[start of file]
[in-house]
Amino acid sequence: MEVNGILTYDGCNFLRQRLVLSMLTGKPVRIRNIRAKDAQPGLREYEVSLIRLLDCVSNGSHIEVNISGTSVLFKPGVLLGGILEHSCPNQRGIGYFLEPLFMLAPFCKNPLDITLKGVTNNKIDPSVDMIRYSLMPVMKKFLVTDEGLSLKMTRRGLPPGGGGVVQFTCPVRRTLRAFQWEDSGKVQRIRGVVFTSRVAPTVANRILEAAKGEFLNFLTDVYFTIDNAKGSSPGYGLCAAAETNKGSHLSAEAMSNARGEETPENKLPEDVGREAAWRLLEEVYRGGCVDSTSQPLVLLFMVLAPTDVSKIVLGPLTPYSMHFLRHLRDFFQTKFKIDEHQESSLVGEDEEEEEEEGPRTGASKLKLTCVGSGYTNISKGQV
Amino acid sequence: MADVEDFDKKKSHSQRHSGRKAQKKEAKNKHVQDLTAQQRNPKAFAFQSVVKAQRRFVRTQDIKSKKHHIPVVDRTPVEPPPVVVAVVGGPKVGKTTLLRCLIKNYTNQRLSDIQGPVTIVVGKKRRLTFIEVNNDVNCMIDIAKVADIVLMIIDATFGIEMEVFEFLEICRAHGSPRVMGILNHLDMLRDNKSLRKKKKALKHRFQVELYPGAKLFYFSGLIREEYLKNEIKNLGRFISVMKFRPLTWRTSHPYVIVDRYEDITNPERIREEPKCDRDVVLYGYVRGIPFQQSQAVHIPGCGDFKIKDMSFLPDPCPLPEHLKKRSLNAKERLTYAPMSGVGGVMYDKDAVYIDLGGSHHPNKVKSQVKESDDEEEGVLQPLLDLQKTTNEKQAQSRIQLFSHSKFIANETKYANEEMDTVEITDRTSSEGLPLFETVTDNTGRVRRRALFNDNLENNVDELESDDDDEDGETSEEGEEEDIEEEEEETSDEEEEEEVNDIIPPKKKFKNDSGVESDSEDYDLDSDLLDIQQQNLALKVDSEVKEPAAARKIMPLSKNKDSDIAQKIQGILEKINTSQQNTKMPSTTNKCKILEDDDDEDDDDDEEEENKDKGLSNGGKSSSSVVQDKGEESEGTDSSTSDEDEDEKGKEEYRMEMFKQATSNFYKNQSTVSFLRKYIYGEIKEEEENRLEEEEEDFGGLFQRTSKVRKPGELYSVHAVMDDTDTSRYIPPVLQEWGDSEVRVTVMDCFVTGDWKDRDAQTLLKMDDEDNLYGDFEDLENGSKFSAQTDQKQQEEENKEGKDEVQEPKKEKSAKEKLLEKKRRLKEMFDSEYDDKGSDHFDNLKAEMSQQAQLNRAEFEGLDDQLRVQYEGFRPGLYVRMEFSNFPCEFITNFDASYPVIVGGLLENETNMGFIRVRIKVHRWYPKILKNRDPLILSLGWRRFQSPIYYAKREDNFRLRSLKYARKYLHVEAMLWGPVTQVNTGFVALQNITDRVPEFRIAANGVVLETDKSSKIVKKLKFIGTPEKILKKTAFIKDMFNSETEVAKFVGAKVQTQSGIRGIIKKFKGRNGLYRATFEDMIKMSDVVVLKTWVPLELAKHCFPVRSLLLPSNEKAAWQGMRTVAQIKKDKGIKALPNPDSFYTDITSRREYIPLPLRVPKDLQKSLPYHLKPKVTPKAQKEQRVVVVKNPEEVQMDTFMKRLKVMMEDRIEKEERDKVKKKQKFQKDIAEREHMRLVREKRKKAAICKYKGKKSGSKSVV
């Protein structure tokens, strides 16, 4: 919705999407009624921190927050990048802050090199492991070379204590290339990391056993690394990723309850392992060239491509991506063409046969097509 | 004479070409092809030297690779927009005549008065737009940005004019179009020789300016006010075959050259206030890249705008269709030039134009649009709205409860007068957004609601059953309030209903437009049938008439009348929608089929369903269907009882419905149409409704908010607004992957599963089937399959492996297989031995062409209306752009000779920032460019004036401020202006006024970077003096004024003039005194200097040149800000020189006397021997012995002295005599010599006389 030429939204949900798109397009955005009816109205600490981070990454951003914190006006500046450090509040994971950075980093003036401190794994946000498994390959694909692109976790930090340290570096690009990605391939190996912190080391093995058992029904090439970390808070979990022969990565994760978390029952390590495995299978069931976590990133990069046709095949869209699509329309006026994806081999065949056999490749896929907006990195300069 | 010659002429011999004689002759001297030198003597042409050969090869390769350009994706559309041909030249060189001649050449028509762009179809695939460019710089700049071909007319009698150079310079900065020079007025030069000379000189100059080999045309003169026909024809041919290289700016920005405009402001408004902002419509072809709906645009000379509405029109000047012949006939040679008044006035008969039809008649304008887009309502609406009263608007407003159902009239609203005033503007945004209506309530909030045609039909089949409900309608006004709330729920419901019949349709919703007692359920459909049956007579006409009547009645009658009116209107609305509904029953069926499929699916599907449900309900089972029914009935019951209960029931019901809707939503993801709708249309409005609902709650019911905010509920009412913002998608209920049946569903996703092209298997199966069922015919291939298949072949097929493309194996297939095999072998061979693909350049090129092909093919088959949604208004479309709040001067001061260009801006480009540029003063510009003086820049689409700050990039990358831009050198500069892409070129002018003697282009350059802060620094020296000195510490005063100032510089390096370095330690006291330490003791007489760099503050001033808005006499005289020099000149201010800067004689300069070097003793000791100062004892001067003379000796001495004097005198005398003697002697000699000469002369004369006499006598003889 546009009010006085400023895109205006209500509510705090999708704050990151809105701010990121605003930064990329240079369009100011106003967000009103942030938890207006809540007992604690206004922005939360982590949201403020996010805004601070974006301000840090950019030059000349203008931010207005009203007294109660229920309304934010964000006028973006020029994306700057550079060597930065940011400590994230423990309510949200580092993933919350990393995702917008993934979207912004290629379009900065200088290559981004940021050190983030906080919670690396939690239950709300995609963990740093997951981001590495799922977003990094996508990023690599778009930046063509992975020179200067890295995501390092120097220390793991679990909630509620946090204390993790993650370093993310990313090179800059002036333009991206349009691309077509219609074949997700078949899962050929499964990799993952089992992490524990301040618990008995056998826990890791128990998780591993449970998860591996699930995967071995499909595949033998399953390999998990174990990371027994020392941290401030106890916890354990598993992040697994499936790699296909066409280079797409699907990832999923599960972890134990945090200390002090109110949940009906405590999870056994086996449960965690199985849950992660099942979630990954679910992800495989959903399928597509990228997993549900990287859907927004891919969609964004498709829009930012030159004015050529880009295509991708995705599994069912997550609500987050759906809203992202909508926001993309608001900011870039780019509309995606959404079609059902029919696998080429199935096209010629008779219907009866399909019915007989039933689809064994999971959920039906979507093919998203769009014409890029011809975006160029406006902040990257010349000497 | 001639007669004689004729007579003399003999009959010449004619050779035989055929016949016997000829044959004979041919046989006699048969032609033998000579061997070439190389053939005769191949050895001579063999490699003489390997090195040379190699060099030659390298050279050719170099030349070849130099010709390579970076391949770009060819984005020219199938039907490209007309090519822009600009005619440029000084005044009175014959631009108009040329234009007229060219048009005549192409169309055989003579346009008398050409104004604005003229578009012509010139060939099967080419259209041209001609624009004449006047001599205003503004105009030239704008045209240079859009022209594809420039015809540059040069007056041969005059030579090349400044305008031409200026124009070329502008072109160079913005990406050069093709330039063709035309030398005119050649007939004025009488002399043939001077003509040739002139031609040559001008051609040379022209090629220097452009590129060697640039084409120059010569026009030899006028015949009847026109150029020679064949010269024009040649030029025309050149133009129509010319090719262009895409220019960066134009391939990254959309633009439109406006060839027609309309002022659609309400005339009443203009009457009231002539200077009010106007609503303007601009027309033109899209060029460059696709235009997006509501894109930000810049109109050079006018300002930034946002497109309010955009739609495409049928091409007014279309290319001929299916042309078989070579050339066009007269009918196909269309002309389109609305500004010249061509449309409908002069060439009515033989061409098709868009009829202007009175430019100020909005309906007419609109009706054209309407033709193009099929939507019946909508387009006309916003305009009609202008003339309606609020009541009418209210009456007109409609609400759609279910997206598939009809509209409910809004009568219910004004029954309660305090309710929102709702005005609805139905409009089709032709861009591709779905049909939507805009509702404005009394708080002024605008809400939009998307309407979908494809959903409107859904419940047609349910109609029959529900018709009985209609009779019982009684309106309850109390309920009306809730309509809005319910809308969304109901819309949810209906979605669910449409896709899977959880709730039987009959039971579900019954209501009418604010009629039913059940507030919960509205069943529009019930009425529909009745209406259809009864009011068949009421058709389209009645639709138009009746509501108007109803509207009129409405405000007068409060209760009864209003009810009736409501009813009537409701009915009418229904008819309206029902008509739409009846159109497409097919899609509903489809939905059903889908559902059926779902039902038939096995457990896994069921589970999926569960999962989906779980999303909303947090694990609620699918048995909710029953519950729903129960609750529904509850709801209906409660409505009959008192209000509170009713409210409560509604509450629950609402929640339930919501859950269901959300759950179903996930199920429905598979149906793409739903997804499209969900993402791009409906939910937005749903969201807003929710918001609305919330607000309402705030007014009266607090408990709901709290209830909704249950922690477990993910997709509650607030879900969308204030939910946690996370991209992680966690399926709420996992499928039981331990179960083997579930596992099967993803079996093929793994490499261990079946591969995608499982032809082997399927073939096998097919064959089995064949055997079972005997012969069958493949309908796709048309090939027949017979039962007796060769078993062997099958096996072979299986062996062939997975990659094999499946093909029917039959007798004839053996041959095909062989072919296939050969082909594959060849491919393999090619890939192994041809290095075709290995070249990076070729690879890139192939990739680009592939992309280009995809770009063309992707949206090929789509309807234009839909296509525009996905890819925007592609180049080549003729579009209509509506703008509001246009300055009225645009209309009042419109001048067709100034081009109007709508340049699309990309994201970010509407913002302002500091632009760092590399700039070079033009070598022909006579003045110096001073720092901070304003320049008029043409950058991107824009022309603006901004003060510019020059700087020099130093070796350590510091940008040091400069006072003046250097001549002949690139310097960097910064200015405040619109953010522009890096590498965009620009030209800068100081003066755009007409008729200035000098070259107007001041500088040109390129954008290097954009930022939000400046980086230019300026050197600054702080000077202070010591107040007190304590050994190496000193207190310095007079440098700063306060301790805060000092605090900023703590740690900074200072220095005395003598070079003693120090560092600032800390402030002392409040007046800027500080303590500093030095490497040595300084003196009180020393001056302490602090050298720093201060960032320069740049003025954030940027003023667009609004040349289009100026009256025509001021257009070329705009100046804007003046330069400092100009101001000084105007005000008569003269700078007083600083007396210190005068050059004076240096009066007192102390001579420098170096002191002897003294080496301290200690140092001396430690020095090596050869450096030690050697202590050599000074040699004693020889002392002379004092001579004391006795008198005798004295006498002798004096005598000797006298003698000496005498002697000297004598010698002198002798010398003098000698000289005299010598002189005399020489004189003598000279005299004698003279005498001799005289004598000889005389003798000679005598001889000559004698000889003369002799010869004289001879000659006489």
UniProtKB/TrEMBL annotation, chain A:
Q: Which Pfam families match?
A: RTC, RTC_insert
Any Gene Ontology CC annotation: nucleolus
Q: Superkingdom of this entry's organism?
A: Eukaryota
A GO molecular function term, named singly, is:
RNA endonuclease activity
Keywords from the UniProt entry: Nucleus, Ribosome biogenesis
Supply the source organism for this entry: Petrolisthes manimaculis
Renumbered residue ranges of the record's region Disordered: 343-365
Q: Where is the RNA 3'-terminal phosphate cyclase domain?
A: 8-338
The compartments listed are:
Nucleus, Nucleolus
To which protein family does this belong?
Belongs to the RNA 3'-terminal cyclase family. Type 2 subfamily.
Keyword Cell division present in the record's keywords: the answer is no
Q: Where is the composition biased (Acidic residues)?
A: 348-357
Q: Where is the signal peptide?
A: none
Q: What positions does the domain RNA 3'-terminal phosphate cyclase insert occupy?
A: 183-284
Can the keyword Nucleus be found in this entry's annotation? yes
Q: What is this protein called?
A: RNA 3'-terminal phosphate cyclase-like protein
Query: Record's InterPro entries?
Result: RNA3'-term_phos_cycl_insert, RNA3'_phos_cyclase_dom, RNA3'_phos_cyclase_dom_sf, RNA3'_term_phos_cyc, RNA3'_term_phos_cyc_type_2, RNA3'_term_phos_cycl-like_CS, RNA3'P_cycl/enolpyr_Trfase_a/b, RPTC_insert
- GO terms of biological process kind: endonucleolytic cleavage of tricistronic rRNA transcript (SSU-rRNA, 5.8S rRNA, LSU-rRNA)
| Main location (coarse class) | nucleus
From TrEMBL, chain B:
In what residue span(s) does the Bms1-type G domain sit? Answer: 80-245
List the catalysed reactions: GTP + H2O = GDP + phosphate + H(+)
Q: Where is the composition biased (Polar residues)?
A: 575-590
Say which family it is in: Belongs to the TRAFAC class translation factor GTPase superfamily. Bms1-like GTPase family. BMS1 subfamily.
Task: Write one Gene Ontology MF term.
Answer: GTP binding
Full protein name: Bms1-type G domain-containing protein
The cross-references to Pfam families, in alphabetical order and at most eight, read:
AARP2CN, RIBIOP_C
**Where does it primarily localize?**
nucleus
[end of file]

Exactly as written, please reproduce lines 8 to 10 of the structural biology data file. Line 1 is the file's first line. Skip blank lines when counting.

Any Gene Ontology CC annotation: nucleolus
Q: Superkingdom of this entry's organism?
A: Eukaryota